Globally, the organic food industry has experienced impressive growth rates, especially in the United States and Europe, yet still accounts for a relatively small portion of total food sales. In the United States, it constitutes less than 5% percent of food sales despite a decade of support by the U.S. National Organic Standard. Using the United States as a context, the authors show through survey data and confirmatory factor analysis that when “organic” is examined through the lens of brand theory, it is clear that it has yet to attain brand equity. There is evidence of brand awareness and perceived quality, suggesting that the industry has moved in the right direction. Yet negative perceptions of value and no evidence of brand loyalty undermine the industry’s goals. Because “organic” carries different significance to different consumers, the industry will have to develop a cohesive strategy to reestablish “organic” in a unified way. For country markets of similar experience with organic food, and for markets just beginning to consider consumer interest in organic food, these lessons from the United States offer guidance for policy and marketing strategy.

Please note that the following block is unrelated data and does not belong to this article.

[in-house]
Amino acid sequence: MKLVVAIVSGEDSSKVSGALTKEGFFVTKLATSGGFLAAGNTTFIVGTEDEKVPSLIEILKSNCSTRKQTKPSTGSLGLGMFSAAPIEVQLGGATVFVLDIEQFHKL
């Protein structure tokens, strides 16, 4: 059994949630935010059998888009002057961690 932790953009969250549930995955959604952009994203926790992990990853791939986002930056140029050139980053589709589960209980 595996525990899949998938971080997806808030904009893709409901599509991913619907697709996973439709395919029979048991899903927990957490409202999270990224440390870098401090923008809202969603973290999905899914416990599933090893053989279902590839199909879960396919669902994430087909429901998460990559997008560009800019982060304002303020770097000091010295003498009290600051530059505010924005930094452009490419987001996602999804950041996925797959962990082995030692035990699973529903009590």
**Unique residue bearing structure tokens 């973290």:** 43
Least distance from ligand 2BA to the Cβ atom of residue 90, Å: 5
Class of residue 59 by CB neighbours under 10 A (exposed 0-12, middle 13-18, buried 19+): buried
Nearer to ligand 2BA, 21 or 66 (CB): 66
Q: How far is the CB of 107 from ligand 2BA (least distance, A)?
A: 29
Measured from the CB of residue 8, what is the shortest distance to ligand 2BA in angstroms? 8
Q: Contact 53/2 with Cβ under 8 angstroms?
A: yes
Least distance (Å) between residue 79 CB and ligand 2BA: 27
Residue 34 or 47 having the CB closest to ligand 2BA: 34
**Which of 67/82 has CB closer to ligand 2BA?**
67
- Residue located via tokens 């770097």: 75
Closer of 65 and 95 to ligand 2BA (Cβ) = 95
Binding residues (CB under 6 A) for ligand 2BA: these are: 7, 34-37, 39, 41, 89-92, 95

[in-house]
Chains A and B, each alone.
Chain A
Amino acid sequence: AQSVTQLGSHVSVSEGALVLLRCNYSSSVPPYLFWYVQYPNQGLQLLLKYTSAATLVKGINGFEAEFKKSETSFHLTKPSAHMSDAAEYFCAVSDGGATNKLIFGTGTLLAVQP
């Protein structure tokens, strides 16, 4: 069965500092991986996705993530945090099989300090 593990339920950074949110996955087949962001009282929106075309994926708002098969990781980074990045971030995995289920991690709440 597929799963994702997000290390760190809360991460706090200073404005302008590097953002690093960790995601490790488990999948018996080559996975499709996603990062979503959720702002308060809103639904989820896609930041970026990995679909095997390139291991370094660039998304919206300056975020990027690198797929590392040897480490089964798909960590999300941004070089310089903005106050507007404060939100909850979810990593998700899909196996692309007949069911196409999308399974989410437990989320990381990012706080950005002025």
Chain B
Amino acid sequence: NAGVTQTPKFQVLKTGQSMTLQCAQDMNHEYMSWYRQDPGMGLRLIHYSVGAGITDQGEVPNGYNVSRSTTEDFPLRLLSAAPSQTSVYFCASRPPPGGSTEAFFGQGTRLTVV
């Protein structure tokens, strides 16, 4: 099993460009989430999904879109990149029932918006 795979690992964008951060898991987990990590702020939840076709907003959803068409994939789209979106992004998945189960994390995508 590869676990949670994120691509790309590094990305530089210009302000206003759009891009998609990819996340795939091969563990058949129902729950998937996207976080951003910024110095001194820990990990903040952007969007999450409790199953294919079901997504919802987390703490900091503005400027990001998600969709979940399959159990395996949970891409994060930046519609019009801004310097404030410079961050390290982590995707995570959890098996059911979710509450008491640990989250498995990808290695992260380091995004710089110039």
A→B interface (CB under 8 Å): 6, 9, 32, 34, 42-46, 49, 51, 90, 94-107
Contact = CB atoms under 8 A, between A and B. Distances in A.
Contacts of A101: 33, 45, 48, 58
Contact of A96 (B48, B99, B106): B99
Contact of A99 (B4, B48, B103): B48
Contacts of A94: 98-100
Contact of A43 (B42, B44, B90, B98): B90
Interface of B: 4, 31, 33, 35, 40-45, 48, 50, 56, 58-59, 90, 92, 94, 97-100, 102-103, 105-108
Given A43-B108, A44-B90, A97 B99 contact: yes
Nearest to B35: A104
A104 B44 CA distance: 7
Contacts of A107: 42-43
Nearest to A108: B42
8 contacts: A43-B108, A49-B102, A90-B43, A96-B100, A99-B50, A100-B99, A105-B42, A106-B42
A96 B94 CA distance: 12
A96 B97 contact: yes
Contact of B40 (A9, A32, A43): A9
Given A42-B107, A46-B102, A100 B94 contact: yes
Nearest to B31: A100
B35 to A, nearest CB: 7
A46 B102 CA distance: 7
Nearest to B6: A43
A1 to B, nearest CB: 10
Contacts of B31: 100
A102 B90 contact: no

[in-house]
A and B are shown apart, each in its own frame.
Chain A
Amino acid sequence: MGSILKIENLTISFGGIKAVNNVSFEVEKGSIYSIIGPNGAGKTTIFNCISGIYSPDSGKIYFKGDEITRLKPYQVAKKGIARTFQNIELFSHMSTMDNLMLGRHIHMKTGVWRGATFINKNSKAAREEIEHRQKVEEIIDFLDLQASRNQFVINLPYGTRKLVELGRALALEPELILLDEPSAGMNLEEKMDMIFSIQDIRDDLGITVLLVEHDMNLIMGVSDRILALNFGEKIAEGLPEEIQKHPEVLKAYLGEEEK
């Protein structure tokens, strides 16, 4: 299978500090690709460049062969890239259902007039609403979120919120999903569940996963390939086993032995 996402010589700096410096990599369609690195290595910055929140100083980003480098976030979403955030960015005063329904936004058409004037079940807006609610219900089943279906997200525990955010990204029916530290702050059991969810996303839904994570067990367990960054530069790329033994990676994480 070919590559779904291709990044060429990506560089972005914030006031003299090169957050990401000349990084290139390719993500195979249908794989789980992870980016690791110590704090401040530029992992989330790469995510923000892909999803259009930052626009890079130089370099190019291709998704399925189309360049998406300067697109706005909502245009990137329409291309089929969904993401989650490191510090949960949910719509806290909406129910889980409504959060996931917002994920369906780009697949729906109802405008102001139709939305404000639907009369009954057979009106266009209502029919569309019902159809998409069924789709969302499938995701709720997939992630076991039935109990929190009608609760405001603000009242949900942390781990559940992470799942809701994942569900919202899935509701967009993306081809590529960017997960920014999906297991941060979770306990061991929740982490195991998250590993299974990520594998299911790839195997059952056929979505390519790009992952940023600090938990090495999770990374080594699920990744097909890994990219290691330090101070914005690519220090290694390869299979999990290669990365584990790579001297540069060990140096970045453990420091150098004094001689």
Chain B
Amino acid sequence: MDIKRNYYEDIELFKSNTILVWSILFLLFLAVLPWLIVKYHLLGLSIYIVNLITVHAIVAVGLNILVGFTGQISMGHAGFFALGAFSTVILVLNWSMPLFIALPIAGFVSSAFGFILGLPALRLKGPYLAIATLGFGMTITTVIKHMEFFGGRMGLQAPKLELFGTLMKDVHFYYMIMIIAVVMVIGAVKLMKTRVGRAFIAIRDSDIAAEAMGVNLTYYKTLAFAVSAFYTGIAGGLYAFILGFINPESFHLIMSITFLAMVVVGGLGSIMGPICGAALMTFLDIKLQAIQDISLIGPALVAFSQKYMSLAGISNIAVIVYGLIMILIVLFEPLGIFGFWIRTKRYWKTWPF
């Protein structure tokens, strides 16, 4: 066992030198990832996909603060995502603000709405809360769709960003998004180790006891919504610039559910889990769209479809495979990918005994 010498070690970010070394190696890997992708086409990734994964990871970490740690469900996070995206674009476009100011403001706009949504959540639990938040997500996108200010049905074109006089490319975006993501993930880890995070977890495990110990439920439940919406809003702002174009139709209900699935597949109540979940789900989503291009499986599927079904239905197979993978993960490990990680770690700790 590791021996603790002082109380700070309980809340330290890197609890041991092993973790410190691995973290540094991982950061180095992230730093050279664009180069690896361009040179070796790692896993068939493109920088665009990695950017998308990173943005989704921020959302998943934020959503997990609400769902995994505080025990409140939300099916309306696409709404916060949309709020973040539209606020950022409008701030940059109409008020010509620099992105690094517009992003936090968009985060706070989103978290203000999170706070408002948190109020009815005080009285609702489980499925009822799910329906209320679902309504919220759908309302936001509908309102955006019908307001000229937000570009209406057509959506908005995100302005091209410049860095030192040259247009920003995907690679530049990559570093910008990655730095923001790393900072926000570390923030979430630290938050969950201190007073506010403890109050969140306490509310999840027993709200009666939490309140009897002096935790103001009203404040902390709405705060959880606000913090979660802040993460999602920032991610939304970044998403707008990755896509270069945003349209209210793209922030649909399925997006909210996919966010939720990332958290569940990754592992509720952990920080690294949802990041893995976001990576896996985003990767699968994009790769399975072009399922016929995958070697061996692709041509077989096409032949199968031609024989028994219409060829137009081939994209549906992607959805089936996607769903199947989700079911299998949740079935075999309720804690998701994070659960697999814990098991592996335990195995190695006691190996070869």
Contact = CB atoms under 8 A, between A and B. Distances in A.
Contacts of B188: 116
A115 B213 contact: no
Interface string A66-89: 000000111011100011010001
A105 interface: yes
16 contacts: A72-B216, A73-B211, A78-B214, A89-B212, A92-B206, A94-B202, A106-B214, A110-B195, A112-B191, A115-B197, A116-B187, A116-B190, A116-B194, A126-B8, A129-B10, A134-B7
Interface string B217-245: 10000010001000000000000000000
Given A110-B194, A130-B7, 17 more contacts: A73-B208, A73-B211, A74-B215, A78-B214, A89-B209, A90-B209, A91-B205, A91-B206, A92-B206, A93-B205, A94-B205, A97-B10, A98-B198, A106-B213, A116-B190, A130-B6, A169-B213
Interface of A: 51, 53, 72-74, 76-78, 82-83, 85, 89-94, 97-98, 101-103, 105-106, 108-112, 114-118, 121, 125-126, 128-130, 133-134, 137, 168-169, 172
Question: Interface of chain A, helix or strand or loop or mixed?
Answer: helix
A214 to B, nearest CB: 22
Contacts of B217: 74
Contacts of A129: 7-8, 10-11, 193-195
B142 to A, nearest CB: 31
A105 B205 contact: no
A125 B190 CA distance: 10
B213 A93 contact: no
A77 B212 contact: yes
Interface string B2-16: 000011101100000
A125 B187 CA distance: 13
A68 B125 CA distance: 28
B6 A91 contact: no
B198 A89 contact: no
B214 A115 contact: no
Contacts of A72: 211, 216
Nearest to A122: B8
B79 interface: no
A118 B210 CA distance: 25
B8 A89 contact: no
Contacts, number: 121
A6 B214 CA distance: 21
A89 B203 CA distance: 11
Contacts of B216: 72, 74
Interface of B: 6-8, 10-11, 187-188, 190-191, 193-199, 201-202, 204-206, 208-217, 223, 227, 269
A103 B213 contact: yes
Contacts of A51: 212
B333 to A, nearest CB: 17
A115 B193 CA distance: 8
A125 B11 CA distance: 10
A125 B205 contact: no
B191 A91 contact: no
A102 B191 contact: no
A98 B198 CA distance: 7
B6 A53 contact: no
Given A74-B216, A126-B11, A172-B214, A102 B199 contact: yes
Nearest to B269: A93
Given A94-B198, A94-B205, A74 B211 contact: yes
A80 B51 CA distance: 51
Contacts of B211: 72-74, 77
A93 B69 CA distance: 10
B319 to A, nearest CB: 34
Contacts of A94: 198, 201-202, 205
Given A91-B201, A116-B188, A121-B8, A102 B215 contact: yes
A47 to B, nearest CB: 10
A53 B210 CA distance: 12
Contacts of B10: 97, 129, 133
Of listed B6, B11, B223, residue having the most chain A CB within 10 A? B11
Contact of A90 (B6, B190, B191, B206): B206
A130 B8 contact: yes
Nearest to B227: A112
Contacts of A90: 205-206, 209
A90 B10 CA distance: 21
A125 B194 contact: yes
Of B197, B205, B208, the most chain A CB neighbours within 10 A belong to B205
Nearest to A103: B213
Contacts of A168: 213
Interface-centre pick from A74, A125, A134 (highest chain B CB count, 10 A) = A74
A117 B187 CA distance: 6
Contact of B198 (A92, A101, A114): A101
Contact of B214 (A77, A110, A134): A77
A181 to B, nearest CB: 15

|Original language||English (US)|
|Number of pages||22|
|Journal||Journal of International Food and Agribusiness Marketing|
|State||Published - Apr 3 2015|
All Science Journal Classification (ASJC) codes
- Business and International Management
- Food Science